As both a journalist and a media activist, I was excited to attend my first Allied Media Conference (AMC) that took place over the summer. A progressive media activist’s mecca, the AMC brings together artists, technologists and activists in order to synergistically explore how to incite social change through current and emerging media. Now in its 17th iteration, this year’s AMC, themed #waginglove, drew over 2,500 participants.
One notable highlight included the network gathering called “Igniting a Model Minority Mutiny” that encouraged Asian and Asian American activists to authentically confront and explore the different manifestations of internalized racism and color-blindness within our communities that create obstacles in the path toward working in solidarity with the #BlackLivesMatter movement. Unfortunately, the heartbreaking news about the attack on the Emanuel African Methodist Episcopal Church in Charleston reached us during the network gathering, and we immediately worked to release a statement.
Sabiha Basrai, a member of the Alliance of South Asians Taking Action (ASATA) who presented a session at the AMC this year, said that she “greatly appreciated the opportunity to hear stories and compare notes with Asian racial justice activists from around the country.” In addition to learning about new approaches to “confronting anti-black racism in our own families and communities,” Basrai also enjoyed the opportunities participants were given to share their “unique experiences” based on their city of origin’s varying political climates.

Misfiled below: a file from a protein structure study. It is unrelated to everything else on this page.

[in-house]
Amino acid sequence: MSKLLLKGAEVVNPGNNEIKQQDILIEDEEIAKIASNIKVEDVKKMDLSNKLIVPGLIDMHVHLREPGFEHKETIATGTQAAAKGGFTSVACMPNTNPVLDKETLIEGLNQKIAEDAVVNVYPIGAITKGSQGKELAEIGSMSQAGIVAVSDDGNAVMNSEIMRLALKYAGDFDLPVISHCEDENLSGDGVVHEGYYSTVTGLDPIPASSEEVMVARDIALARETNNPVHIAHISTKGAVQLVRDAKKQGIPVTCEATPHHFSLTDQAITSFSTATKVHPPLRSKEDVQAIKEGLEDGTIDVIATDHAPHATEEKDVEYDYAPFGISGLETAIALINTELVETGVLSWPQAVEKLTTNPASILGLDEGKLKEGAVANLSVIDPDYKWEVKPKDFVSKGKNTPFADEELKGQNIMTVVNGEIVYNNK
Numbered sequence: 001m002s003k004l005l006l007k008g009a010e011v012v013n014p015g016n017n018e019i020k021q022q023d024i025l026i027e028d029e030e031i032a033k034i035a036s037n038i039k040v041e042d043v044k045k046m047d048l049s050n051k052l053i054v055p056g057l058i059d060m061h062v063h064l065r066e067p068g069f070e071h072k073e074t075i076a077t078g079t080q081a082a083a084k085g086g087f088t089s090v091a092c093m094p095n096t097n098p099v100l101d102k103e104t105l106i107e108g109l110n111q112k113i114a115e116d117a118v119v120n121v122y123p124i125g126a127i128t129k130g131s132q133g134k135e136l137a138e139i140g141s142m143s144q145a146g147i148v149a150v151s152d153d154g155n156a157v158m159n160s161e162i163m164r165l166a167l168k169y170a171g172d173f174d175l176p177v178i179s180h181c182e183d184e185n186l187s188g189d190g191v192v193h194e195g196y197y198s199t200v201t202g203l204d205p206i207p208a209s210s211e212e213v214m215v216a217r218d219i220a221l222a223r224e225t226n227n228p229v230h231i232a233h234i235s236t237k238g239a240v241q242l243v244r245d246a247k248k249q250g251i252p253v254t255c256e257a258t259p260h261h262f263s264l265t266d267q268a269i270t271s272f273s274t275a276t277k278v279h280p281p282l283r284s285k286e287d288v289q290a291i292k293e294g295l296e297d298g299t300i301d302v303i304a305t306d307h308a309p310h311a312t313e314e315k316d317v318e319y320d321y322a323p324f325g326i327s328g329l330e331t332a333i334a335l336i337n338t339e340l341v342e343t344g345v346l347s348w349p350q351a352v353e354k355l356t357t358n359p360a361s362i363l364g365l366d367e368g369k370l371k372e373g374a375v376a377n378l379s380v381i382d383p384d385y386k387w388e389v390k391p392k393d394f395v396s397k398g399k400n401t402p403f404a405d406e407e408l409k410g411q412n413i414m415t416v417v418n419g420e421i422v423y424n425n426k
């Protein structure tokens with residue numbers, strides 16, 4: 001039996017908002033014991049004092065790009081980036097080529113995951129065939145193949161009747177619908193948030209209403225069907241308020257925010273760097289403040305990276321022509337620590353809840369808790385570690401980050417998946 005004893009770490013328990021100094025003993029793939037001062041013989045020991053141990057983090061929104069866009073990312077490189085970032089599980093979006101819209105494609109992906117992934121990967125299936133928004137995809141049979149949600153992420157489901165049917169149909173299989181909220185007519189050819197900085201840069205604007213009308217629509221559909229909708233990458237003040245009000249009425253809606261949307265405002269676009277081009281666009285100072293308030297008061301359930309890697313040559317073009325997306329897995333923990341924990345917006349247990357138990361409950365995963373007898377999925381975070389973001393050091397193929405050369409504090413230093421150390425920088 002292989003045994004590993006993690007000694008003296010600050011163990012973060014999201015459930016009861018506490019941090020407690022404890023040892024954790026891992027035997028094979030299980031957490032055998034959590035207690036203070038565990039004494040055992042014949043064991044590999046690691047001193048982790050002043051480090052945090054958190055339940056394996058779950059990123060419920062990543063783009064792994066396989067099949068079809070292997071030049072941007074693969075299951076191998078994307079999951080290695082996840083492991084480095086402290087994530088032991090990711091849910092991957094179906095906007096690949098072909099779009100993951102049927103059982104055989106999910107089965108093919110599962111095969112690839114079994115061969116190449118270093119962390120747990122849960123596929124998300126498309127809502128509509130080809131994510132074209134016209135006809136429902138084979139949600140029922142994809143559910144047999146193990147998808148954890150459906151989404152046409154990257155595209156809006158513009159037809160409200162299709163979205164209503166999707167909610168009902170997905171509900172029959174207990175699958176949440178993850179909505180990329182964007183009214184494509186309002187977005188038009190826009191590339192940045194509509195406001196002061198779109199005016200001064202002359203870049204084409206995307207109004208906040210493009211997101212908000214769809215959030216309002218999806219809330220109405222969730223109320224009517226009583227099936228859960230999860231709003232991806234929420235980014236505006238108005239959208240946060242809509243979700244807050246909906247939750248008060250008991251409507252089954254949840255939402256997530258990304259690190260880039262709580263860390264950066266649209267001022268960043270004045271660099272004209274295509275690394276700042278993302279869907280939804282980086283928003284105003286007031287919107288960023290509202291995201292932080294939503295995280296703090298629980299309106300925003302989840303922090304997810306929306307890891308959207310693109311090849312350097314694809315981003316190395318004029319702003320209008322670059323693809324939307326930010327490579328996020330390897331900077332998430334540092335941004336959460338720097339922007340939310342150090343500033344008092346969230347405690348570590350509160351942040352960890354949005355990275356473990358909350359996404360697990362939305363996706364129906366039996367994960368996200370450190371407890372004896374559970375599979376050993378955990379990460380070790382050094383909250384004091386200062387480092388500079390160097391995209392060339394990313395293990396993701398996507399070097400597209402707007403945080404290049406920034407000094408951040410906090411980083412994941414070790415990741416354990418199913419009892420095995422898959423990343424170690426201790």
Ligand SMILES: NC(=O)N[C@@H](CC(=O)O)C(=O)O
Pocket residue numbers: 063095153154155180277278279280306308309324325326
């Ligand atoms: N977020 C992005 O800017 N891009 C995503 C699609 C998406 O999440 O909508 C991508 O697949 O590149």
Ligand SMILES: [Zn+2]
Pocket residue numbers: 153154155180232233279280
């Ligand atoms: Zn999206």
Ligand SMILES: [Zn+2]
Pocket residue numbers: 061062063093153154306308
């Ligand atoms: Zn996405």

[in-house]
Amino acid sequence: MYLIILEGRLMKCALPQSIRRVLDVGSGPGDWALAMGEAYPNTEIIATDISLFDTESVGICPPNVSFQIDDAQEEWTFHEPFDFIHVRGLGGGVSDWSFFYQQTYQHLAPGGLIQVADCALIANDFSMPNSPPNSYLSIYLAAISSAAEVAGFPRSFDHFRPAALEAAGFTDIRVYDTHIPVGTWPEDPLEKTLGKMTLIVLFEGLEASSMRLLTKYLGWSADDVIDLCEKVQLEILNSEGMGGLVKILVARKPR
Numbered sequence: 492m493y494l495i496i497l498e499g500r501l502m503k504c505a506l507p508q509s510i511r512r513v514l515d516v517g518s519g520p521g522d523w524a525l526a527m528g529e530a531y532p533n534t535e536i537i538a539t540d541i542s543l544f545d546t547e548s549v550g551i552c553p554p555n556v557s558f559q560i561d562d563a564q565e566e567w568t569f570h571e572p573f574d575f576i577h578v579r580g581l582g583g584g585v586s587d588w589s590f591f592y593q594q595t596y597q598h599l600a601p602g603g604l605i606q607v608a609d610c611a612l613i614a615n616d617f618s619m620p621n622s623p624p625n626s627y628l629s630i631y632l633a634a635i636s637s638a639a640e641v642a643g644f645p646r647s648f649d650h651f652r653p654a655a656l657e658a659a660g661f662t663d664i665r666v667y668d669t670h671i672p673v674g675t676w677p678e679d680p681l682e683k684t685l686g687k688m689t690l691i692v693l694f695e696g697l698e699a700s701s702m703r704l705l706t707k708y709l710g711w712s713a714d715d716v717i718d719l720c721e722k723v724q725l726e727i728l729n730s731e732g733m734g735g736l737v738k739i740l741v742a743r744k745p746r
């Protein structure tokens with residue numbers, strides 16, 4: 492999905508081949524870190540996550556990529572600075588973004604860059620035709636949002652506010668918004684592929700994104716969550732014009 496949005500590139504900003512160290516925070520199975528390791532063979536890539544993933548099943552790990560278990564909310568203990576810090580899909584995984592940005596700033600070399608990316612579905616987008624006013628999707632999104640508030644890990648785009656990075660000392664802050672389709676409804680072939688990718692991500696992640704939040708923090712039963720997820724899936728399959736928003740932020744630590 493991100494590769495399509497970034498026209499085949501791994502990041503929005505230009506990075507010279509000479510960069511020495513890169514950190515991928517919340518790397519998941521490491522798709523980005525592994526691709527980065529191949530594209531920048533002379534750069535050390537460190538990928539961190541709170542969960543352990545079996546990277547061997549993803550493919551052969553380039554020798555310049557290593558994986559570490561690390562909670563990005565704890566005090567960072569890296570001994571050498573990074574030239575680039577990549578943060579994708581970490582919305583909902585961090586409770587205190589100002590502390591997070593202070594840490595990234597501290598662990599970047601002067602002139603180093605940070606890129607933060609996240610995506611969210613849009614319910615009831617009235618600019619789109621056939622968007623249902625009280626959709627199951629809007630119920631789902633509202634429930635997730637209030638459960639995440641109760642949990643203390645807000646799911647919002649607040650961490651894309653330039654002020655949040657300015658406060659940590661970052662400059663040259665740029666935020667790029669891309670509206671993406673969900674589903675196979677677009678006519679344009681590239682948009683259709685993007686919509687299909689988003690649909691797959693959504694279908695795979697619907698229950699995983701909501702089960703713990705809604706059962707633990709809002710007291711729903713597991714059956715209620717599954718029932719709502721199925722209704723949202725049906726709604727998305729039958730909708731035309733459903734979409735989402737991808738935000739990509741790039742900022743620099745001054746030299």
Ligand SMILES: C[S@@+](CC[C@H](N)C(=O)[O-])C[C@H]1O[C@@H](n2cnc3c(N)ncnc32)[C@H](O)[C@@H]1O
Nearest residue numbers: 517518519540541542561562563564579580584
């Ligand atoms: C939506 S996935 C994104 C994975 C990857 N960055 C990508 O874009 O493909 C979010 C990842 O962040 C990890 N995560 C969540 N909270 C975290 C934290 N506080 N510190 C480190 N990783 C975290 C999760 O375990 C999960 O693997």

AACRE was well represented at this forum. Sammie Ablaza Wills from API Equality – Northern California, had this to say: “The Model Minority Mutiny gathering was an extremely valuable space to build, process and have tough conversations on fighting anti-blackness in Asian American communities. The convening was packed with deep, personal reflection about how our experiences have shaped the way that we organize within our communities. With so many people from around the nation in attendance, I appreciated learning from the range of stories and strategies being shared and discovered.”
This year’s AMC proved to be its biggest and most ambitious ever. With over three hundred participant-led and collaborative events, including workshops, panel discussions and training sessions, the conference definitely lived up to its commitment to be an invaluable space for social justice advocates to keep up with emerging online technologies despite the constant challenge of limited resources. For more information, read the AMC’s recently published reflections and analyses. Here’s to more!